Last Saturday my husband and I had dinner at a newish restaurant called Serious Pie, a fancy pizzeria owned by Tom Douglas, founder of a miniature empire of Seattle restaurants. Needless to say the pizza is nothing at all like what you'd order from Domino's, and Dylan and I loved it. Dylan ordered the "green eggs and ham" (soft-cooked egg, arugula, and spicy coppa ham), while I had that night's special, which featured onions, garlic, and thin slices of roasted yam. Next time we go, I want to try the foraged mushroom and truffle cheese and the yukon gold potato with rosemary and garlic oil.
Yes, it's an eensy tad pretentious. But utterly delicious, and the crust is a revelation, thin but substantial, perfect in texture, and with a wood-oven char that ought to taste burnt but is the bread equivalent of the smoky, crispy outer bits of good barbecue.
So, after this blissful culinary experience, out of curiosity I googled the restaurant to see what other diners had thought. While official restaurant critics were near-universal in their praise, it got surprisingly mixed reviews from regular diners. People complained that the crust is burnt and weird-tasting. They griped that there isn't enough cheese (me, I think ordinary pizzas often have so much cheese it drowns out the taste of the crust and toppings, but that's neither here or there). They thought the toppings were TOO out there. In short, Serious Pie doesn't match their idea of what a pizza is.
At first, I was tempted to sneer at these reviewers--don't they appreciate great food when they taste it, and don't they realize this is closer to authentic Italian pizza? But then I realized I don't have a leg to stand on. Give me a choice between the best authentic Chinese food and the Americanized mu shu chicken and sweet and sour pork from the local takeout place, and I'll take the latter every time. I know it's not as good, but it's comfortable and familiar and is therefore what I want to eat. I'm just a little (OK, a lot) more willing to experiment with Italian cuisine, and less attached to the Americanized standards for pizza or spaghetti and meatballs. Quirk of the taste buds or something.
I thought of this yesterday when I received a thank you letter from the coordinator of an RWA contest I judged recently. Enclosed was a chart comparing the scores for the five entries I'd judged--always a useful thing, IMHO, so you can get a feel for whether you're being too harsh or too generous in your scoring. In this case, I was in line with the rest of the panel on all but one entry, but I noticed that one of the other judges was basically my opposite. Our scores were very close on the one entry that was strong on all levels (and happened to be one of the finalists). But for the other four, the two I scored low, she scored high, and vice versa.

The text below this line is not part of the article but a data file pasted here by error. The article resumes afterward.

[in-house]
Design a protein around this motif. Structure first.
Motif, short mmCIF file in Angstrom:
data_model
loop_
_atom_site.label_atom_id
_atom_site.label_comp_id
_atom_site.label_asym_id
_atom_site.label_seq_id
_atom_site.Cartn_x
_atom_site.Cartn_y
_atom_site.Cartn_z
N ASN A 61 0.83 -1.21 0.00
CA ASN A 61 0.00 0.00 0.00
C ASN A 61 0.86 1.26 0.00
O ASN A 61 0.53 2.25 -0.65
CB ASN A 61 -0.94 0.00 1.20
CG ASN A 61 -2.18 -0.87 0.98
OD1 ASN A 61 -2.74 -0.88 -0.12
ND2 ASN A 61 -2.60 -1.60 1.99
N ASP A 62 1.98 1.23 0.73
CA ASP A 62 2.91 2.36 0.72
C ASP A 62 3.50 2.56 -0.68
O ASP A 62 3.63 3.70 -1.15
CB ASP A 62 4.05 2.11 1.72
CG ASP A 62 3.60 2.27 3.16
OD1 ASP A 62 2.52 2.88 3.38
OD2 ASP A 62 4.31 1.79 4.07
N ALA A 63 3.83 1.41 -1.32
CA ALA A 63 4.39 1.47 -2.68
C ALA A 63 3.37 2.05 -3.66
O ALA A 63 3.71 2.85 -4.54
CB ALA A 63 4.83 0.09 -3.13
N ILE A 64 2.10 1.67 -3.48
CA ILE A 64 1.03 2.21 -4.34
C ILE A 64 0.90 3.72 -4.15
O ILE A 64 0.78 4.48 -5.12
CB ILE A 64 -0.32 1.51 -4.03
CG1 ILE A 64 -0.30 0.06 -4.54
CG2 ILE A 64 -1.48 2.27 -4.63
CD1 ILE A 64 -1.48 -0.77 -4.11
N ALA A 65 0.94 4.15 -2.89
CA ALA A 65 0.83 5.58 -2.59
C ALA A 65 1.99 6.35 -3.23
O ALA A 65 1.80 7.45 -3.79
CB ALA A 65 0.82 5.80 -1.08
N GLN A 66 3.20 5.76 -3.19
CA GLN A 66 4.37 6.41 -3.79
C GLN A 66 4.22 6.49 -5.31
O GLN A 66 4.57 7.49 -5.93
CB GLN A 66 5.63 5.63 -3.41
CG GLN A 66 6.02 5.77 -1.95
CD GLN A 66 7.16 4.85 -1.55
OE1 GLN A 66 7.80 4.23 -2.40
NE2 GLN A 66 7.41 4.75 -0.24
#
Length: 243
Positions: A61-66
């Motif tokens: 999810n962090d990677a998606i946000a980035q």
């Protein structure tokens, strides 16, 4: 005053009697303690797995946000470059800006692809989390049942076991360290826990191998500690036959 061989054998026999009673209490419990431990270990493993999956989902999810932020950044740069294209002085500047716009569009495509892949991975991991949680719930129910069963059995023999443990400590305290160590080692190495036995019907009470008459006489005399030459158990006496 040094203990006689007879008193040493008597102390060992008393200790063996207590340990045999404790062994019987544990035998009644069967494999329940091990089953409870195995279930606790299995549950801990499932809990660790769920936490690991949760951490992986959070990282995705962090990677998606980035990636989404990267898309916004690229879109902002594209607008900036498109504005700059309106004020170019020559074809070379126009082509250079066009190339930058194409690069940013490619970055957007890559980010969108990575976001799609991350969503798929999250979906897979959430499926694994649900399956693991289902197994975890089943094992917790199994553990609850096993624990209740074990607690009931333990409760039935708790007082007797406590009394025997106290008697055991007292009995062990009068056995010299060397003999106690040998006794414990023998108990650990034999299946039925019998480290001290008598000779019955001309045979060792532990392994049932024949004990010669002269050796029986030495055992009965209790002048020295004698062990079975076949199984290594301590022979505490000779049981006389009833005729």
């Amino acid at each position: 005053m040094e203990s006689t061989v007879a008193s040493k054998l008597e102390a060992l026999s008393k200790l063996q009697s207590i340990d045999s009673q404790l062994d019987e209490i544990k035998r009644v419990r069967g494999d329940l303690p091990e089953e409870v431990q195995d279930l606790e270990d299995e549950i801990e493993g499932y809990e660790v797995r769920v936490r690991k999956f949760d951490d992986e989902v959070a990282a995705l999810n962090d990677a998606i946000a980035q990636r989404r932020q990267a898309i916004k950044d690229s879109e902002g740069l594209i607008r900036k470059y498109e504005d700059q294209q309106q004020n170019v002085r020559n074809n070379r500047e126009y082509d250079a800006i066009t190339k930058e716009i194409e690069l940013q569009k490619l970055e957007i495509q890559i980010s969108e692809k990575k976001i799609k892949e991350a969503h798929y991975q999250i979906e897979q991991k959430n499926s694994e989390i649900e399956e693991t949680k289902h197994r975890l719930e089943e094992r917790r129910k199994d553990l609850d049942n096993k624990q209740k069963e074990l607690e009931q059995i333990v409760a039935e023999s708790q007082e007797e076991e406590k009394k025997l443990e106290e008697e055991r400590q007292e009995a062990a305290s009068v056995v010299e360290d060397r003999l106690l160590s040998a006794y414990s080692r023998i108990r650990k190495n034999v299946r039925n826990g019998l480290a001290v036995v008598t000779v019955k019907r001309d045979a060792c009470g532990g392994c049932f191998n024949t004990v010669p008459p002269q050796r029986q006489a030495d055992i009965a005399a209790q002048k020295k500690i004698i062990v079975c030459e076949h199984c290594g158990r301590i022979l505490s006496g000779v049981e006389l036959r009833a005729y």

The two I scored highly both stood out as different from standard historical romance fare. The settings were a bit off the beaten path, the characters weren't from Central Casting, and in one case especially I could just see the author's love for her characters and setting and all the research she'd put into their world shining on the page, without being at all over-researched or pedantic.
The two my opposite favored were much more typical historical romance fare--AND were to differing degrees completely historically implausible. I couldn't accept their premises, and therefore couldn't enter into the world of the story. Maybe my opposite judge didn't notice the inaccuracies. Maybe she writes contemporaries or paranormals or whatever and volunteered to judge the historical category because she was entered in one of the others. Or maybe she's just not a raging history geek like me. Most people aren't. (I've commented to Dylan that the part of the brain he uses for listing MVPs and Cy Young Award winners, I use for Regency-era marriage law, forms of address for the different ranks of British nobility, and Napoleonic-era military tactics, weapons, and uniforms. This led to speculation on our mutual uselessness in a post-apocalyptic society--"No, we can't grow food, but he knows who was the AL Rookie of the Year in 1987, and I know how to properly address the daughter of an earl." But I digress. A lot.)
I know the moral of the story should be that it's just like the pizza thing. I don't have any more right to put on airs over preferring the unusual and the historically accurate than I do over liking my pizza exotic. But, and it may be snobbery on my part, I can't quite make myself believe it. IMNSHO, the two things the historical romance genre needs most right now are more variety of setting, era, and character type and greater historical accuracy. The variety issue IS a matter of taste, and I'm delighted to read popular settings and themes when they're executed with strong characterization and a fresh voice. But I just can't make myself accept that historical accuracy in what is after all a form of HISTORICAL fiction is trivial and optional.